A thermodynamics-based computationally efficient mean value engine model that computes ignition delay, combustion phases, exhaust temperature, and indicated mean effective pressure has been developed for the use of control strategy development. The model is derived from the thermodynamic principles of ideal gas standard limited pressure cycle. In order to improve the fidelity of the model, assumptions that are typically used to idealize the cycle are modified or replaced with ones that more realistically replicate the physical process such as exhaust valve timing, in-cylinder heat transfer, and the combustion characteristics that change under varying engine operating conditions. The model is calibrated and validated with the test data from a Ford 6.7 liter diesel engine. The mean value model developed in this study is a flexible simulation tool that provides excellent computational efficiency without sacrificing critical details of the underlying physics of the diesel combustion process.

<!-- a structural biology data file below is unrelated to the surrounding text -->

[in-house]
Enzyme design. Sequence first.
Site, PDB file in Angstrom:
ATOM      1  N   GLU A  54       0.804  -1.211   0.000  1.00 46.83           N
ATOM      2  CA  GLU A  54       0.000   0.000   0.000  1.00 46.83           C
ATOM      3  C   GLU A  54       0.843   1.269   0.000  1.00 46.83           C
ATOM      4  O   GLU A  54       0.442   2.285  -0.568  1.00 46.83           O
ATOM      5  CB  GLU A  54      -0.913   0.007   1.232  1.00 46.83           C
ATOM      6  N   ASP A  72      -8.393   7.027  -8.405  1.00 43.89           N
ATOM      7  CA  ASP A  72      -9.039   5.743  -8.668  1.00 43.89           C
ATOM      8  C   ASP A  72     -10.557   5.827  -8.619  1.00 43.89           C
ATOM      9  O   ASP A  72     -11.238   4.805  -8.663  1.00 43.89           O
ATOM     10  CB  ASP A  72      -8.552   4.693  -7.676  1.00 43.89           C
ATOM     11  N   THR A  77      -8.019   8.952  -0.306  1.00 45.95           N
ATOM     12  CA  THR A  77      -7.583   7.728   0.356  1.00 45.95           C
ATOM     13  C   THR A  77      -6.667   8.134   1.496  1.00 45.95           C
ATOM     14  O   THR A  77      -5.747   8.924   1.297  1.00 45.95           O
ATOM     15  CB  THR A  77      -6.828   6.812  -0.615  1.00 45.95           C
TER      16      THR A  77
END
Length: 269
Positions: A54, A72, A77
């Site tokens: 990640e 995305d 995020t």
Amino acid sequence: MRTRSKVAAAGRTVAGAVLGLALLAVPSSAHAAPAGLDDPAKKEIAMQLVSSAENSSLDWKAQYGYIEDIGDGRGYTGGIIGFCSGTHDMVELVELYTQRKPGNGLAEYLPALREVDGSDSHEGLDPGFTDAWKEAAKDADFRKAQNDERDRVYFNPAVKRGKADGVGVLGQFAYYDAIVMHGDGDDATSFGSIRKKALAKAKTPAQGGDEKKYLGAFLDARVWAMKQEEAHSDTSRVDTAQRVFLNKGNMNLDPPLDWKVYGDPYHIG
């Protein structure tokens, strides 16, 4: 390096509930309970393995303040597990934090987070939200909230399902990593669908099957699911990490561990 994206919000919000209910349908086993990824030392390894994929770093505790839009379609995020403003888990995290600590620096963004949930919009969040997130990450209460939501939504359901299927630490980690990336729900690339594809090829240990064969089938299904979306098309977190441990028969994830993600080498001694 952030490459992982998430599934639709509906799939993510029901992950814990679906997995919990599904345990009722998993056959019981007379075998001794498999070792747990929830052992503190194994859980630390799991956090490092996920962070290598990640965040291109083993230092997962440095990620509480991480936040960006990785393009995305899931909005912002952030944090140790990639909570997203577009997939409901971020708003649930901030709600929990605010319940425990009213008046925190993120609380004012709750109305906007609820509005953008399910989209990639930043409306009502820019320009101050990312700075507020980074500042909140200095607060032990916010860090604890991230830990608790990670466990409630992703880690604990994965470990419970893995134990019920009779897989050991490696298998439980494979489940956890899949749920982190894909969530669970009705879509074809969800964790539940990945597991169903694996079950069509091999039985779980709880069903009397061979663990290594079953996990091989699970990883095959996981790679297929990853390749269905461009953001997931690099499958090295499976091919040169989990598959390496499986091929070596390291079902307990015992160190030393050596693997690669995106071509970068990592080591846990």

Thermodynamics-Based Mean Value Model for Diesel Combustion
Contributed by the Combustion and Fuels Committee of ASME for publication in the Journal of Engineering for Gas Turbines and Power. Manuscript received April 1, 2013; final manuscript received May 15, 2013; published online July 31, 2013. Editor: David Wisler.
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Lee, B., Jung, D., Kim, Y., and van Nieuwstadt, M. (July 31, 2013). "Thermodynamics-Based Mean Value Model for Diesel Combustion." ASME. J. Eng. Gas Turbines Power. September 2013; 135(9): 091504. https://doi.org/10.1115/1.4024757
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